Russian President Dmitry Medvedev has called on Syrian leader Bashar al-Assad to launch promised reforms or step down as the country’s leader.
But he said this decision should be taken by the Syrian people and the Syrian leadership, and not by Nato or “certain European countries”.
President Assad has used the army to try to quell months of anti-government protests but has also pledged reforms.
Activists said seven people were killed in protests after Friday prayers.
The UN estimates 2,900 people died since the protests began in March.
Mr Assad has blamed the violence on armed gangs.
“Russia wants as much as the other countries for Syria to end the bloodshed and demands that the Syrian leadership conduct the necessary reforms,” Mr Medvedev said on Russian television.
“If the Syrian leadership is incapable of conducting such reforms, it will have to go, but this decision should be taken not in Nato or certain European countries, it should be taken by the Syrian people and the Syrian leadership.”
Mr Medvedev has previously called for Syria to launch reforms but has stopped short of saying Mr Assad should step down if he does not implement them.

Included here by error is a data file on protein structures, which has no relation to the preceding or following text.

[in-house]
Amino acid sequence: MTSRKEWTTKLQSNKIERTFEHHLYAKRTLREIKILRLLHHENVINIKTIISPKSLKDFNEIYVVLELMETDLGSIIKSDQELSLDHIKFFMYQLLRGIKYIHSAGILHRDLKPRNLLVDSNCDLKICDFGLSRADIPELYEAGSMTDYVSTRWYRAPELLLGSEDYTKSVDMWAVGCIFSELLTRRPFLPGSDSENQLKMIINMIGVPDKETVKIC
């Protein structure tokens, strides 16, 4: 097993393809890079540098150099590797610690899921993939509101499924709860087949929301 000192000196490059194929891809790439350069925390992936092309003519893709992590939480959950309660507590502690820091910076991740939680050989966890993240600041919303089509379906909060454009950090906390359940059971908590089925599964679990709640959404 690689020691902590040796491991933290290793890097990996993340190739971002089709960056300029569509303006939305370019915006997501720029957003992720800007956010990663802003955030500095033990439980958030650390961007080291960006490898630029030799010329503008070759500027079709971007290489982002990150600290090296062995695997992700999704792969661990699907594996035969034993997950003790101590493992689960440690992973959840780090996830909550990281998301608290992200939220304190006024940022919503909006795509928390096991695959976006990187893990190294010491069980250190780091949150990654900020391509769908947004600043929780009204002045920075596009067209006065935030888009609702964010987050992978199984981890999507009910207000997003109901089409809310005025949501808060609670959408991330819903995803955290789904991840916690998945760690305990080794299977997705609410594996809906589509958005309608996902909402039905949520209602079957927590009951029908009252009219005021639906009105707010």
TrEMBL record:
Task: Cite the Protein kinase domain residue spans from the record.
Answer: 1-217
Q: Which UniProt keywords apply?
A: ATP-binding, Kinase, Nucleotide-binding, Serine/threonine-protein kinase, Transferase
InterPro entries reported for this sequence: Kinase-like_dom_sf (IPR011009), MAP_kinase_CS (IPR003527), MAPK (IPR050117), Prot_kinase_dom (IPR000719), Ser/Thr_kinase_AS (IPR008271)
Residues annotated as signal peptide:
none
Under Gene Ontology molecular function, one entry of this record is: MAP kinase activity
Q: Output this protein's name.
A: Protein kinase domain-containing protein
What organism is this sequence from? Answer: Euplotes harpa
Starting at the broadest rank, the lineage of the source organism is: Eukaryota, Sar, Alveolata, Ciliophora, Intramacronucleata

The Syrian government has said it is in the process of introducing reforms and is speaking to opposition members.
Mr Assad has announced local elections for December and parliamentary elections for February.
Analysts warn that the protesters, who began demanding reforms but are now calling for the overthrow of Mr Assad, are increasingly resorting to the use of force.
There are reports of a number of army deserters joining the protesters.
On Tuesday, Russia and China vetoed a UN Security Council resolution condemning Syria for the crackdown on protesters.
The European-drafted proposal had already been watered down to try to avoid the vetoes, with a direct reference to sanctions against Damascus dropped.
But Moscow and Beijing said the draft contained no provision against outside military intervention in Syria.
They accuse Nato countries of abusing UN resolutions on Libya to launch air strikes in aid of rebel forces against Col Muammar Gaddafi’s troops.
Meanwhile, activists said seven people were killed after security forces opened fire to try to disperse protests after Friday prayers.
The UK-based Syrian Observatory for Human Rights said four people were killed in the central city of Homs when security forces opened fire on crowds leaving mosques.
And the group said snipers killed three people in the Damascus suburb of Douma, one of the few districts of Syria’s capital to be touched by the anti-government protests.
Speaking to the UN Human Rights Council, Syria’s Deputy Foreign Minister Faisal Mekdad said his country was “grappling with terrorist threats”.
He said he would provide the 47-state Council a list “more than 1,100 people who have been killed by the terrorists”, including civil servants and police.